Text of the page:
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Could this federal rule make pork production unsafe?

Brittany De Lea

The largest overhaul of federal hog-slaughtering rules in decades is facing opposition from a union that claims it will put worker and consumer safety at risk.

The United Food and Commercial Workers International Union filed a federal lawsuit seeking to stop the U.S. Department of Agriculture rule that regulates the line speed limits in pork slaughter plants, which is viewed as benefitting pork companies.

The guidelines lift restrictions on how many hogs plants are allowed to process each hour and it gives companies more control over parts of the inspection process. For example, employees will be able to remove meat from the inspection line with defects. The final inspection would still remain with the USDA. The adoption of the rule is optional.

“Increasing pork plant line speeds is not only a reckless giveaway to giant corporations, it will put thousands of workers in harm’s way,” UFCW International President Marc Perrone said in a statement. “This new rule would also dramatically weaken critical protections that Americans depend on to be able to select safe, healthy food to feed their families every day.”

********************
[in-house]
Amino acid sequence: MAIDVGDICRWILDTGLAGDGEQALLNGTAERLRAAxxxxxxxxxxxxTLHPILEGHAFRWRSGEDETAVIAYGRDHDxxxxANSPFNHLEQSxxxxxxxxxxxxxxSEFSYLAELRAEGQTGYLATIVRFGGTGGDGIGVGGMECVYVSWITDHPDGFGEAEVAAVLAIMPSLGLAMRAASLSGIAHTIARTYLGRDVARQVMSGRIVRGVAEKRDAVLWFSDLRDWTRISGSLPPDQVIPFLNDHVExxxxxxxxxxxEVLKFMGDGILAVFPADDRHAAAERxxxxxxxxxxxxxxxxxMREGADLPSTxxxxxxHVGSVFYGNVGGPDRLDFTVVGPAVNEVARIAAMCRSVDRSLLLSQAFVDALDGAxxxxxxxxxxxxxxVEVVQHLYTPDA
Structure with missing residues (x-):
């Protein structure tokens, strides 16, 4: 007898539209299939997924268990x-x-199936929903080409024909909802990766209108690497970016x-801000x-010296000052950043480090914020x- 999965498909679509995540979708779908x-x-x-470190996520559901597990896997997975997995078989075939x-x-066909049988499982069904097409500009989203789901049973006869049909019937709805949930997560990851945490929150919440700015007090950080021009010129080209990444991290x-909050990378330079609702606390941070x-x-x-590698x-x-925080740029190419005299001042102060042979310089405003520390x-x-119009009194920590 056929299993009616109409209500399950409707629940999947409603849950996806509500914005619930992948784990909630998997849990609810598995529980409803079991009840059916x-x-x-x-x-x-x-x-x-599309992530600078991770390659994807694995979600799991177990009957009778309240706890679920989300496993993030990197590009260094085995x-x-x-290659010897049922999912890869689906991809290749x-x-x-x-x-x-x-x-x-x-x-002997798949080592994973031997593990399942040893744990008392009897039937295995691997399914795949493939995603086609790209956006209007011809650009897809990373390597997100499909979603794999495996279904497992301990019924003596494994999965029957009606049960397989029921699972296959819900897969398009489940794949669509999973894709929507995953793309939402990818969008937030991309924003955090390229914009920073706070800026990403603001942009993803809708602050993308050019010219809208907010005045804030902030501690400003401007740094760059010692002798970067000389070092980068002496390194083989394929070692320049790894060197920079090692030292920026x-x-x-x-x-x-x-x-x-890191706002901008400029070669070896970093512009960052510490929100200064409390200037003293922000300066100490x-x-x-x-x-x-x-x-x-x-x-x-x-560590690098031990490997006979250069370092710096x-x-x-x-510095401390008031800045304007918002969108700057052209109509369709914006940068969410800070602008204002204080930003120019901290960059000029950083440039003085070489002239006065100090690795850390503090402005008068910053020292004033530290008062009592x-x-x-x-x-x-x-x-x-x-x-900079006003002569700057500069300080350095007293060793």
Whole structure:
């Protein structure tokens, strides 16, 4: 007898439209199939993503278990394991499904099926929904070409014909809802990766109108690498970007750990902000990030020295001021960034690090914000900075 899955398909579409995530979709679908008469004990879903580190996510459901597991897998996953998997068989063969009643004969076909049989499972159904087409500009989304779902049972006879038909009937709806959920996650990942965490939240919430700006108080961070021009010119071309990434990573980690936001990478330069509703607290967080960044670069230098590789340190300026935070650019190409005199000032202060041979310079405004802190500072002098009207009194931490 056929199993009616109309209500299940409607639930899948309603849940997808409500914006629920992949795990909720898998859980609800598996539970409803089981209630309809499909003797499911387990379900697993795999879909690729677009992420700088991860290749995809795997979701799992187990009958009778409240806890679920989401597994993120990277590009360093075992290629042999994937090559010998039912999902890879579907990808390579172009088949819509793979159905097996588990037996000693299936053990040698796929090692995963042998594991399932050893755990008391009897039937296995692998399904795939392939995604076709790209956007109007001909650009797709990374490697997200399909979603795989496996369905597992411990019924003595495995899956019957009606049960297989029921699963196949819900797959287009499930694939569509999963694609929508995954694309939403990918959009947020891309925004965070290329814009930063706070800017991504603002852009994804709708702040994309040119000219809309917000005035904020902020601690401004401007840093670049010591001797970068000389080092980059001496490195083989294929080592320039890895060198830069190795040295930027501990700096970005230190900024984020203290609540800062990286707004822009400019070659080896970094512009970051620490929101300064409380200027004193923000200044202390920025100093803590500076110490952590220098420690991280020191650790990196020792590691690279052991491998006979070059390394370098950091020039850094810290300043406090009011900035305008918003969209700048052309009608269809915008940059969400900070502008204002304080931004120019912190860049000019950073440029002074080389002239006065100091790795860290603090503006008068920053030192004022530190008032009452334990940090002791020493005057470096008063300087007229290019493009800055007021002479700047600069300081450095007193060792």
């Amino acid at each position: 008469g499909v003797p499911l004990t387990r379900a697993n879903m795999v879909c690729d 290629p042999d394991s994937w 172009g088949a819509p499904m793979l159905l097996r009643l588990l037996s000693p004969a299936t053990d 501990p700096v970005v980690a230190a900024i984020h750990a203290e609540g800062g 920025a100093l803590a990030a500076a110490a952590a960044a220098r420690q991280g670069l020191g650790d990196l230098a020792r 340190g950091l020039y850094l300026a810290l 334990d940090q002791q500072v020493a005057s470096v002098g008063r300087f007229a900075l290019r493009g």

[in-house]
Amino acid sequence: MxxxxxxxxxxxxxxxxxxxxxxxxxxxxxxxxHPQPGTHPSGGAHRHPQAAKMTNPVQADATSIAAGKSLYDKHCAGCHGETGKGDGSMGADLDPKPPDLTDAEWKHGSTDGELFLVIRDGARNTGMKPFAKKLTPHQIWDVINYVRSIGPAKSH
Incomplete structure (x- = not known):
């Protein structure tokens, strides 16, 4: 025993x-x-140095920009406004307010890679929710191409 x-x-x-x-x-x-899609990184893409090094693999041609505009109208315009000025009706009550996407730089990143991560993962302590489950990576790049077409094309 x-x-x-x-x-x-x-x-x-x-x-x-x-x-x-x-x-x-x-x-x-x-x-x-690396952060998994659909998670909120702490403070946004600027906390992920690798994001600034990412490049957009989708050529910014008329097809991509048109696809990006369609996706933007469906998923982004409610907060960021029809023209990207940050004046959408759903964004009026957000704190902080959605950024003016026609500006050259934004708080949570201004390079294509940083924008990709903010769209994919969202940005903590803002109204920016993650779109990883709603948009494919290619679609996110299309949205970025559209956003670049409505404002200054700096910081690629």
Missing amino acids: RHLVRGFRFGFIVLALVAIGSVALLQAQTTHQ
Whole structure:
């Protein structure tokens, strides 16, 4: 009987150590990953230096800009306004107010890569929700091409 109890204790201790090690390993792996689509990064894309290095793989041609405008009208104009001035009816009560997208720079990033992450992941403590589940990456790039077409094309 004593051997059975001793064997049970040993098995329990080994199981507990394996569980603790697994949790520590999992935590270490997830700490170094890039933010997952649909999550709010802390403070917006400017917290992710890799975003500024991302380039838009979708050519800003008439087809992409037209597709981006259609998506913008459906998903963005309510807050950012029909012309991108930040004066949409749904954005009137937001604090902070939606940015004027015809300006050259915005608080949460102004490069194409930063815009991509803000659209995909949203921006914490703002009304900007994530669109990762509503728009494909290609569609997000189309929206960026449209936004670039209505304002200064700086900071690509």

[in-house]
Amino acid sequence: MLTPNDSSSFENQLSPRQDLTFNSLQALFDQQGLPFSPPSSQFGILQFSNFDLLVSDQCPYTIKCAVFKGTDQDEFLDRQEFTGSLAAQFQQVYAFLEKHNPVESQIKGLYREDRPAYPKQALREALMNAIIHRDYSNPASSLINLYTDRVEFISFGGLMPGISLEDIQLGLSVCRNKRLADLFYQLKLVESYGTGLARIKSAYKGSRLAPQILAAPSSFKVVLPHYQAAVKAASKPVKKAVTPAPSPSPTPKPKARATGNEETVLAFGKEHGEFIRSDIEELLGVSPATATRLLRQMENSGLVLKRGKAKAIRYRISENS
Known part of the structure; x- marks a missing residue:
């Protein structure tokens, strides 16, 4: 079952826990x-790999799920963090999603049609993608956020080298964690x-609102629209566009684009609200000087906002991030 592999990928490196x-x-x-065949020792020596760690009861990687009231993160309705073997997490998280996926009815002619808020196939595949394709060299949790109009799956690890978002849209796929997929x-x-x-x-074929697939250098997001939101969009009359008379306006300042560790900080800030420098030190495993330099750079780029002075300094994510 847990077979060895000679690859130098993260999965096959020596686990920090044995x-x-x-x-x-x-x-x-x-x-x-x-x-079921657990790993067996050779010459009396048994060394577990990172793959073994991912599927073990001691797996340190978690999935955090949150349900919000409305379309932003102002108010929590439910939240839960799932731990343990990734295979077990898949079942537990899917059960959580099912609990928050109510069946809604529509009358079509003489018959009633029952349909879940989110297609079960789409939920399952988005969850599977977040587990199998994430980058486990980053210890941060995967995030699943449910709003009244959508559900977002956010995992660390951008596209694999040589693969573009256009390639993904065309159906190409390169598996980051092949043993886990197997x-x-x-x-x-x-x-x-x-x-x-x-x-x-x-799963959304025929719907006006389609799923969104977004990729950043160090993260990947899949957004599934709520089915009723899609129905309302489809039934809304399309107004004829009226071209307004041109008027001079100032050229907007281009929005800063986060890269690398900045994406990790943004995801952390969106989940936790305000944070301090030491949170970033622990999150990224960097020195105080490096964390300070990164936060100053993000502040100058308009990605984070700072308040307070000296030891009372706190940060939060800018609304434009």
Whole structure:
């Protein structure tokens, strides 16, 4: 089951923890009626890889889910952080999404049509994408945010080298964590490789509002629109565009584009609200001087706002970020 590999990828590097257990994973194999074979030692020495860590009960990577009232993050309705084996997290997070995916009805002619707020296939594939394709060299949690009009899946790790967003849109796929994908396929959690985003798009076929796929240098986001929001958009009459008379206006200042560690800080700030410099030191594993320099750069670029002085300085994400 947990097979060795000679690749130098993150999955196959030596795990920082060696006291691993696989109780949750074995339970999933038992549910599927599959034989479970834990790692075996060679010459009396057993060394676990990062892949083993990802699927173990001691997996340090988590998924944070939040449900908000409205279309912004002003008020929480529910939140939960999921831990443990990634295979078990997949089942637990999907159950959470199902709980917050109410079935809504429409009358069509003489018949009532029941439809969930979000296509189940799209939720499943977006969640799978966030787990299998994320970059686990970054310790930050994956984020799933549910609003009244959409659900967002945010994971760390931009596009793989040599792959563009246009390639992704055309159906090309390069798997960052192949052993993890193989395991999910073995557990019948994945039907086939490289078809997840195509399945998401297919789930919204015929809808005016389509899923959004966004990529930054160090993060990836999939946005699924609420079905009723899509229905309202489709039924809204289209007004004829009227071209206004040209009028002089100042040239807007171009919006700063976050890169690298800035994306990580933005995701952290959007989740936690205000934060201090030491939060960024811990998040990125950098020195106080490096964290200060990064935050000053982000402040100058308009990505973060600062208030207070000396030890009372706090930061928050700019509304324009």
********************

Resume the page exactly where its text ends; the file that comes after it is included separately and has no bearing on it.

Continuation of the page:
The group also says there is no evidence that increasing line speeds can be done in a way that ensures both food and worker safety. The USDA says the rule is backed by a 20-year research evaluation involving five plants.

The rule was first proposed in Feb. 2018. The USDA defended the modification to inspection duties in April by saying federal inspectors would not be responsible for performing quality assurance tasks, but would instead focus on “critically important activities.” It also said it does not have the authority to regulate issues related to establishment worker safety, which lies with the Department of Labor’s Occupational Safety and Health Administration (OSHA).

The union represents 250,000 workers in meatpacking and food processing, and another 30,000 workers in pork plants.

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Meanwhile, California was sued over a proposition that aims to make sure animals being raised for consumption are not housed in spaces that are too small. The North American Meat Institute challenged the constitutionality of the rule, arguing it would increase costs significantly for both consumers and producers. And on Monday, President Trump signed a trade deal with Japan, which he said would be a big win for American farmers.

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